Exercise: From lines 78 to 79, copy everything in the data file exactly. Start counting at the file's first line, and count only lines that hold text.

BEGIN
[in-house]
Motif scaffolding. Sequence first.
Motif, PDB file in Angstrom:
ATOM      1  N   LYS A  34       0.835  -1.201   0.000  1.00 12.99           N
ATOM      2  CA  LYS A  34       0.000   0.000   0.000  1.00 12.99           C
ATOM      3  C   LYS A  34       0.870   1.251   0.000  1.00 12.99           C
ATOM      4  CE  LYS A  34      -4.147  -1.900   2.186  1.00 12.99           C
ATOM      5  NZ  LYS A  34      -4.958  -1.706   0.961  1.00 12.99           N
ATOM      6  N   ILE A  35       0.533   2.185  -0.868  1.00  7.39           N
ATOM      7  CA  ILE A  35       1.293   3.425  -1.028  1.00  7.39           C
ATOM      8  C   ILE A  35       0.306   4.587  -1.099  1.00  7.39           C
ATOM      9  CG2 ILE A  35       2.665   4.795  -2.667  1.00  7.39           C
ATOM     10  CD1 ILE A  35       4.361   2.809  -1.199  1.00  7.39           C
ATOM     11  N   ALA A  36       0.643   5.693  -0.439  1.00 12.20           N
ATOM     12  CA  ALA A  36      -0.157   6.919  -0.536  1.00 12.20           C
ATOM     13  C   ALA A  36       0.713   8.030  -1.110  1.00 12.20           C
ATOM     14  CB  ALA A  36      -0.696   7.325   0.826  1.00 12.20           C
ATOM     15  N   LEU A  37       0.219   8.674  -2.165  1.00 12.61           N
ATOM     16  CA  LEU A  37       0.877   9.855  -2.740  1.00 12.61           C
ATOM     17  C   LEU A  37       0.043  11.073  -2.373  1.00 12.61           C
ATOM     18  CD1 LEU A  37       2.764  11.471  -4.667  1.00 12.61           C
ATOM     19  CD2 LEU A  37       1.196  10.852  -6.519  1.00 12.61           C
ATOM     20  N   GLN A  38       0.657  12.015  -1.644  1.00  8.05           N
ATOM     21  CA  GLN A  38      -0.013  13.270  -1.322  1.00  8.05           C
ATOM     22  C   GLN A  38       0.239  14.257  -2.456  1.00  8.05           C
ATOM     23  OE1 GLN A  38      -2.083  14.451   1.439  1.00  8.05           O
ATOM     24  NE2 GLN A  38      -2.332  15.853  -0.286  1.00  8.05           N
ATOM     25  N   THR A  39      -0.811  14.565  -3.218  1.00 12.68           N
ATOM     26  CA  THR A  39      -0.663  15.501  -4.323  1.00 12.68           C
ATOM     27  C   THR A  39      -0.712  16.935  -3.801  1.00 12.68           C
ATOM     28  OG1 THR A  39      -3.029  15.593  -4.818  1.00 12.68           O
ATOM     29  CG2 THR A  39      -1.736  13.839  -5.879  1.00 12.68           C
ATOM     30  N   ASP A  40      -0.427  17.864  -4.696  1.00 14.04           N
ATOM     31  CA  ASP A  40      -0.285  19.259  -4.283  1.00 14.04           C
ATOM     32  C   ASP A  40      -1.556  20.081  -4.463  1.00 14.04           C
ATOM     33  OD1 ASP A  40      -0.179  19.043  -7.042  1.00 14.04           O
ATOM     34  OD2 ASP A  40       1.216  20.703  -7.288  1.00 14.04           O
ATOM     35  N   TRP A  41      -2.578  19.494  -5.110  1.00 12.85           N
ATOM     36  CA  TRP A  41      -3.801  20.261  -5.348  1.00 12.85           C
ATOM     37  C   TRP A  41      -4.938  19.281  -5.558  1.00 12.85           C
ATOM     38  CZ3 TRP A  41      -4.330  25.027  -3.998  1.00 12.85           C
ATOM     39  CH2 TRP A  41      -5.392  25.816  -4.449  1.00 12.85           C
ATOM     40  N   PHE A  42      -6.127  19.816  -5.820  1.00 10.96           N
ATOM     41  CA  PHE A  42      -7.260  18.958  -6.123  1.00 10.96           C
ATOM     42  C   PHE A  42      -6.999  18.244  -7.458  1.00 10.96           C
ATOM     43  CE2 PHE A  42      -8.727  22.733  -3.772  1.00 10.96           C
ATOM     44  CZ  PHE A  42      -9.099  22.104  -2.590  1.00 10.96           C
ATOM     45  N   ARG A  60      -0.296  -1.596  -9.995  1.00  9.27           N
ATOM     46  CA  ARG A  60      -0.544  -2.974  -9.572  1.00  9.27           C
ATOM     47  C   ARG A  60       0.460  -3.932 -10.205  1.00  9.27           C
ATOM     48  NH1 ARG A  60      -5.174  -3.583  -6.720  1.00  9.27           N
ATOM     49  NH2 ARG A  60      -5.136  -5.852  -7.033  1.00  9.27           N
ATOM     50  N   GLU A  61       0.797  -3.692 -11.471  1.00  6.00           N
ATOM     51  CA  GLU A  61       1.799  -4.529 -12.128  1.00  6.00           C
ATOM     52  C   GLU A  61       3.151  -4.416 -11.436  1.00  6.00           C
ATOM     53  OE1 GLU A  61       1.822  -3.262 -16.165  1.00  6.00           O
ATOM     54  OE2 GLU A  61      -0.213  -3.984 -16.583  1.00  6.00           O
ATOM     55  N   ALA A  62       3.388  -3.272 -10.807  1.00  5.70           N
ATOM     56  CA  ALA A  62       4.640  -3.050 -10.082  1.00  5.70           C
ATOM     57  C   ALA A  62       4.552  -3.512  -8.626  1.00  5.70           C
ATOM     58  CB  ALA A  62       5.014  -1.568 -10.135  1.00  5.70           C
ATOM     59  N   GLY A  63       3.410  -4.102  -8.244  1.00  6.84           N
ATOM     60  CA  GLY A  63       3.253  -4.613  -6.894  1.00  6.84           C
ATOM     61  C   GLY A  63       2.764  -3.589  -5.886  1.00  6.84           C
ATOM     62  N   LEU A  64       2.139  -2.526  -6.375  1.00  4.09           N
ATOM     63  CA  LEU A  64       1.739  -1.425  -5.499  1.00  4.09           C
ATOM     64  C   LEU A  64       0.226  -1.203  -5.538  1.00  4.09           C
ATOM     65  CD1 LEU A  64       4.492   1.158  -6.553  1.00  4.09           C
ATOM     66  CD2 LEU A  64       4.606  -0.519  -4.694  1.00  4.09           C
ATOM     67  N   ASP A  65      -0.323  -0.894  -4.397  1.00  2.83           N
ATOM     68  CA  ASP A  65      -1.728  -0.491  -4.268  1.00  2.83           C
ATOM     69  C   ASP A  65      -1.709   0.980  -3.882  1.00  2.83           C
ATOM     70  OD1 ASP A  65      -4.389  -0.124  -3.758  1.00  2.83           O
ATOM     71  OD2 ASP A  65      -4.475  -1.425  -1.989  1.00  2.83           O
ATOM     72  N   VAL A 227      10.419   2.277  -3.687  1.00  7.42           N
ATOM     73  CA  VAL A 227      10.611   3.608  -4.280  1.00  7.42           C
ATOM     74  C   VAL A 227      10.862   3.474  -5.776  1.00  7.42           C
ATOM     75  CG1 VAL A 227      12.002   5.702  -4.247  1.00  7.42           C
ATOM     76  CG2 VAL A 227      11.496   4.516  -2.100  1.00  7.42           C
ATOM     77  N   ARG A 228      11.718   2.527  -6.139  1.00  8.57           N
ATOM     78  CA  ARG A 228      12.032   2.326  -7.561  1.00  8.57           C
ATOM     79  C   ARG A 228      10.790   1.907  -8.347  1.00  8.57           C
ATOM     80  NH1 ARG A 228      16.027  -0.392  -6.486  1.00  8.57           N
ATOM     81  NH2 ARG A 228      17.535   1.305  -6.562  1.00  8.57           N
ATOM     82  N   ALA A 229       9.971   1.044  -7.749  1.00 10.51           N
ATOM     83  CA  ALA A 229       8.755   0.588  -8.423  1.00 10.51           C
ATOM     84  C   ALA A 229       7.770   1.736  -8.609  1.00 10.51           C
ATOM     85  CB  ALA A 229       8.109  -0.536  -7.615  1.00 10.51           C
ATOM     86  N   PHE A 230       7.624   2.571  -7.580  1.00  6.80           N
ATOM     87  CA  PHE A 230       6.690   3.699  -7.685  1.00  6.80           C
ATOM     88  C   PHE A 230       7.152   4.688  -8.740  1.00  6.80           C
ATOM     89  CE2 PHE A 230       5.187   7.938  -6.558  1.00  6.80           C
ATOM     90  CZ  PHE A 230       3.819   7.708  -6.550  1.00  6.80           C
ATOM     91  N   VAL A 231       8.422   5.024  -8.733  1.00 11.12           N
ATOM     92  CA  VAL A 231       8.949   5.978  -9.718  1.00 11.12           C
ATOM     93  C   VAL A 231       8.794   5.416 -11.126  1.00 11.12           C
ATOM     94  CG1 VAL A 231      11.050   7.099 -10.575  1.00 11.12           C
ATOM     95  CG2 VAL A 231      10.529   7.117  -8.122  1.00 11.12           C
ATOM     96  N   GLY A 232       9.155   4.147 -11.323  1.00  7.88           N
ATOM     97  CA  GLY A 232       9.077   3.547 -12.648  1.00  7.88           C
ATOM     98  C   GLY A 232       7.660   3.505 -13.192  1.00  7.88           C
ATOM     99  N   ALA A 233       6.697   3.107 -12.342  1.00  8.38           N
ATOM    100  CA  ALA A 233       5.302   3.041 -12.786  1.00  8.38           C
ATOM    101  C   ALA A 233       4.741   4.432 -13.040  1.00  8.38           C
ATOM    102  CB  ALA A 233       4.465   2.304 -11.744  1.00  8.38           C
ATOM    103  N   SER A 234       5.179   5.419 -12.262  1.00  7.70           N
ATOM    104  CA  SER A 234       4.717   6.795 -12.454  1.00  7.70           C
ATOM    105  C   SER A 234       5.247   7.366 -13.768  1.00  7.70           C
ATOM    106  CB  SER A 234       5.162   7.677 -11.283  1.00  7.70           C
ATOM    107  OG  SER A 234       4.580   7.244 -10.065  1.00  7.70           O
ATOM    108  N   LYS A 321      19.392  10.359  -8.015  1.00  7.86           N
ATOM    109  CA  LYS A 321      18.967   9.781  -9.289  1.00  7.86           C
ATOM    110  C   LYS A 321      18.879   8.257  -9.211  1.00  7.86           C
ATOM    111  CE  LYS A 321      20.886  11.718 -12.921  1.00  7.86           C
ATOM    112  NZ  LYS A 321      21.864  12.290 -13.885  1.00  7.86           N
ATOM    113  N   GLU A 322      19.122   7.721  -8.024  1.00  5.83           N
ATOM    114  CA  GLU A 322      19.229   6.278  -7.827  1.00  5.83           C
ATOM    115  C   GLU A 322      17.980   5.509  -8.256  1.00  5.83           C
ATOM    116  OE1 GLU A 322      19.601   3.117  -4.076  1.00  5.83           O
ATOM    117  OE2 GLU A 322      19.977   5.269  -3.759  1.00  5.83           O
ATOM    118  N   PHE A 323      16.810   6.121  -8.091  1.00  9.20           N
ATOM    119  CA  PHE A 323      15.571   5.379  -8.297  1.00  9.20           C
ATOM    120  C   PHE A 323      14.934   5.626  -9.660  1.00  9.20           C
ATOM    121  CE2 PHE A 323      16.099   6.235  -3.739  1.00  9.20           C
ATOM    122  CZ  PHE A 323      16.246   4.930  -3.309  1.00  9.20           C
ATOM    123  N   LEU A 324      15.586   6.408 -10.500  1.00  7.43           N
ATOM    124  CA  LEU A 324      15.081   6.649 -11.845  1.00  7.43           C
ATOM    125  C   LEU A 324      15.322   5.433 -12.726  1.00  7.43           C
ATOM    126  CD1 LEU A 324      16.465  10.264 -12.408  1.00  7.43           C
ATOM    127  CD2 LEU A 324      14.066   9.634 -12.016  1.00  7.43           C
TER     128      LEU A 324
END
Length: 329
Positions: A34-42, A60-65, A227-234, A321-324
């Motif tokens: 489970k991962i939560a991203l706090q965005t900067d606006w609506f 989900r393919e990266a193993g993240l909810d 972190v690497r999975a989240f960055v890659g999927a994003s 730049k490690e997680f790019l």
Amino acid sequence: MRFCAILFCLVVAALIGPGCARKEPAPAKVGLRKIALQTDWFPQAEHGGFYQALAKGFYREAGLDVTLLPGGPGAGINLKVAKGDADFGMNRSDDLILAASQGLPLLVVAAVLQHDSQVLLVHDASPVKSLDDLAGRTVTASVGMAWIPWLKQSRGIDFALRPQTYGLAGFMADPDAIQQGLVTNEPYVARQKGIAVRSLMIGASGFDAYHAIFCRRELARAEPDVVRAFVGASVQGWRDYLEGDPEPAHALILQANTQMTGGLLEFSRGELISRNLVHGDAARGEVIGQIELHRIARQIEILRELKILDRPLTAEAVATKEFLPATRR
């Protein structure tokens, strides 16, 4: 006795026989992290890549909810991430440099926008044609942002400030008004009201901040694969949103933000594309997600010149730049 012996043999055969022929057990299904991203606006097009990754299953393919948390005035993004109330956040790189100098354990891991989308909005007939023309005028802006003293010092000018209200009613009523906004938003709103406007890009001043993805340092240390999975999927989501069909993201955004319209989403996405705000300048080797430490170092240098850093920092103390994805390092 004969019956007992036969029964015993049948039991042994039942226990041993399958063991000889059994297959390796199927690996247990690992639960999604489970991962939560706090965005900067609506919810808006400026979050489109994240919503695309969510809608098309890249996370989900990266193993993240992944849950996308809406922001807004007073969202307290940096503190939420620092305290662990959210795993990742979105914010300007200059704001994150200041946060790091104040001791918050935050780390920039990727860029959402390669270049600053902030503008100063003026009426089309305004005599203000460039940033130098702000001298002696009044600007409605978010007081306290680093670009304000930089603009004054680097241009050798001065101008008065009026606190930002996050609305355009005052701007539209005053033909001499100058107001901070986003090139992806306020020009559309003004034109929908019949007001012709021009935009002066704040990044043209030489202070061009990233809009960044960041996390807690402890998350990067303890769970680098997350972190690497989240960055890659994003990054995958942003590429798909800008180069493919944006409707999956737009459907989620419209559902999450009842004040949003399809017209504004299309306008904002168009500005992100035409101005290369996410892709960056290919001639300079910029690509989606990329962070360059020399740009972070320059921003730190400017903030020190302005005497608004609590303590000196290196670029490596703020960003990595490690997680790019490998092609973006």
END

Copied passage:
ATOM     75  CG1 VAL A 227      12.002   5.702  -4.247  1.00  7.42           C
ATOM     76  CG2 VAL A 227      11.496   4.516  -2.100  1.00  7.42           C